When the difficulties of life flood in like a storm do you lose confidence in what course or action to take? When I’m overwhelmed with seemingly one obstacle after another I love reflecting on the story of David. It brings a peaceful perspective that always turns to prayer. Anointed by Samuel to be king, David had to wait approximately twelve years before sitting on the throne. And even worse he spent most of that time on the run from King Saul who, enraged with jealousy, wanted to kill David! But . . .
David refused to interpret obstacles as signs of God’s opposition to him; rather they provided opportunities to see what he would do in answer to the prayer of his servant.
Praying for the encouragement that I need to keep going on this dairy and sugar fast is exactly where I have turned. Hurricane Dorian has been threatening my peace and the amount of concern I have for my children who are much closer to it promotes indulgences of the worse kind: eating. And I’m not talking about fruits and veggies! So where do I turn? A previous post I titled NEEDED: Cheering Section but I realized it wasn’t the human cheering section I needed but God Who created food and created me and knows me best. So once again I remembered the example of David . . .
“. . . but David encouraged himself in the LORD his God” (1 Samuel 30:6b, KJV).
He expected to find the resources he needed in the Lord his God. 
There are times when we will face giants without any encouragement from the outside world. We might even find ourselves abandoned without the strength to carry on. If you examine the pages of 1 Samuel 30, you discover David returning with his men from battle to find their women and children have been carried away by an enemy. David, still waiting on God’s timing to be king in Saul’s place, seems to never catch a break; now his own men want to stone him. I love this part of the story:
When David and his men arrived back home, they discovered Ziklag empty of inhabitants and burned down. David joined his men in weeping over the tragedy that the enemies of God’s kingdom had caused (cf. Matt. 23:37). David’s supporters then turned on him and almost stoned him giving him trouble on two fronts simultaneously. In his distress David, as usual, strengthened himself in the Lord by relying on Yahweh and inquiring of Him.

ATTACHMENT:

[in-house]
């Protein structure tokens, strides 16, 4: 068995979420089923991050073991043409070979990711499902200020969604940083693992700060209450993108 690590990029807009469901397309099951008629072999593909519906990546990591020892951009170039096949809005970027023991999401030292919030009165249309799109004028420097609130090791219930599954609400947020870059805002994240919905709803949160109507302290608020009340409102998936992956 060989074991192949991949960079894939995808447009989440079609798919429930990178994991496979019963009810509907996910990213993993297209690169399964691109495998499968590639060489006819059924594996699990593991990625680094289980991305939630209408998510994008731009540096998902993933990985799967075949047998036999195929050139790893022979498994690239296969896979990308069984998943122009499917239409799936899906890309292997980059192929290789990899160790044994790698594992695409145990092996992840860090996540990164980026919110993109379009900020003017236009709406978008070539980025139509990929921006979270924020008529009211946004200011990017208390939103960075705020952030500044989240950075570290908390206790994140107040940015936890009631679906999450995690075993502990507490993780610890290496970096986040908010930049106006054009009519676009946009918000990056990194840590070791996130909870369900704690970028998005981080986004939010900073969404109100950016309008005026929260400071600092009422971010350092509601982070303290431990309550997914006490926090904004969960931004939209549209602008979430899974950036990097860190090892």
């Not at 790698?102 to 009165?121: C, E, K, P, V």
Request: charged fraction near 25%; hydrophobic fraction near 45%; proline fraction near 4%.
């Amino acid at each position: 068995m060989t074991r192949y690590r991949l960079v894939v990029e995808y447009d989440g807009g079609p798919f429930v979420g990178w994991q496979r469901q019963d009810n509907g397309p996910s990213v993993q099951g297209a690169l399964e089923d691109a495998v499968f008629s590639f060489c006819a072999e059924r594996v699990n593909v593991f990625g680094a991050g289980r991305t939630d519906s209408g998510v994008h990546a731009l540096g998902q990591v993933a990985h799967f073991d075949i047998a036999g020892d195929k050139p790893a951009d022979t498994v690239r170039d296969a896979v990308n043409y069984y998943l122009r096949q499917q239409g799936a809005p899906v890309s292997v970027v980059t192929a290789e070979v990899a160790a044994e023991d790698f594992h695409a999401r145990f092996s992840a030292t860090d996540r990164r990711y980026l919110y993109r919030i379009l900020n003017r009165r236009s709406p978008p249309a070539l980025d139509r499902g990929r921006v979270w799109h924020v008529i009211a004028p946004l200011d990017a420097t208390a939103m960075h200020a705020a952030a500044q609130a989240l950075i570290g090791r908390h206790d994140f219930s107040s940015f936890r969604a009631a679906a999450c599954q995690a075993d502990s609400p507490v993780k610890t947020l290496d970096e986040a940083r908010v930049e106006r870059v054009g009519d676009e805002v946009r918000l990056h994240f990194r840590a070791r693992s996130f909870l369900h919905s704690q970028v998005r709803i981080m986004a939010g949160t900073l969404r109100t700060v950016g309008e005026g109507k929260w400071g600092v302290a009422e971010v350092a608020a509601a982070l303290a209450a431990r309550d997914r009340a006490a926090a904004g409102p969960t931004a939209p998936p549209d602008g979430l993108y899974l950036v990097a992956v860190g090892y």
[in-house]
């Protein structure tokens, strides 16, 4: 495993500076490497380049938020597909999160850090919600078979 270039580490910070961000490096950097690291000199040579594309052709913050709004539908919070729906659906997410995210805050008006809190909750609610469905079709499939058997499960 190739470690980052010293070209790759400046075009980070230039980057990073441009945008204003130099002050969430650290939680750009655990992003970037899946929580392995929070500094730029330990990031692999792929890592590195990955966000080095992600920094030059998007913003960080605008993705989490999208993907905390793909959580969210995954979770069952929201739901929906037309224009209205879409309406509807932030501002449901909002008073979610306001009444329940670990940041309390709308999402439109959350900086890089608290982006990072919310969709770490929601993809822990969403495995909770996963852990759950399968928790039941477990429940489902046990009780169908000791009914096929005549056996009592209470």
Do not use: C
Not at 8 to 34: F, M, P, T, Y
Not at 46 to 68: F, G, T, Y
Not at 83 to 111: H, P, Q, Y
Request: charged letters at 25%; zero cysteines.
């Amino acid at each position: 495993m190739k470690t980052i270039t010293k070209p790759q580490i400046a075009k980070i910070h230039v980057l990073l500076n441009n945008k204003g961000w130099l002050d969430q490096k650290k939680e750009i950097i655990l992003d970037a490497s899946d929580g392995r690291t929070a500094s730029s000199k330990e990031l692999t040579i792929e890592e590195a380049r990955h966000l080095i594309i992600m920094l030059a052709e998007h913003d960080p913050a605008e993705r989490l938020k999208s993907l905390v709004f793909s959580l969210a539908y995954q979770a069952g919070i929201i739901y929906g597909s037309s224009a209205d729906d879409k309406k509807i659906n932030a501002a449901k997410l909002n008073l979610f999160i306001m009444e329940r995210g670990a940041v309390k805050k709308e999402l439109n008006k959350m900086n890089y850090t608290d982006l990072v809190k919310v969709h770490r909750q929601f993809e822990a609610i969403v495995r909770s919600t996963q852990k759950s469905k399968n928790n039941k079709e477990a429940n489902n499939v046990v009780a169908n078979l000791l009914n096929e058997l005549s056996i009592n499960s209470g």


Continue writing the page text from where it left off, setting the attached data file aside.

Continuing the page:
Too many times I view the obstacles as a sign of God’s disapproval instead of an avenue for Him to grow my faith or bring about His desired end. What keeps me from turning to Him in prayer and asking to be strengthened in the inner man?
And we further learn that what seemed to be a tragedy was what Yahweh used to help promote David as King in Saul’s place . . .
The Amalekites’ capture of Ziklag at first looked as if tragedy had struck, but later it proved to be a great blessing. In this respect this event resembled David’s whole career. As a result of this victory, the people of Judah came to regard David as the obvious successor to Saul’s throne.
As I move through another year, another September of no dairy no sugar, I’m encouraging myself in the Lord. I do not have the strength on my own, but I certainly know where to turn. There are obstacles all around. It would be easy to give in to a few dozen cookies, but I’m turning to the Lord instead.
what might you need to fast: food/sweets, your phone, Facebook, television,
spending money, coffee or some other “have to have” ruler of your life?
Joyce G. Baldwin, 1 and 2 Samuel: An Introduction and Commentary, vol. 8, Tyndale Old Testament Commentaries (Downers Grove, IL: InterVarsity Press, 1988), 181.
Tom Constable, Tom Constable’s Expository Notes on the Bible (Galaxie Software, 2003), 1 Sa 30:1.
Tom Constable, Tom Constable’s Expository Notes on the Bible (Galaxie Software, 2003), 1 Sa 29:6.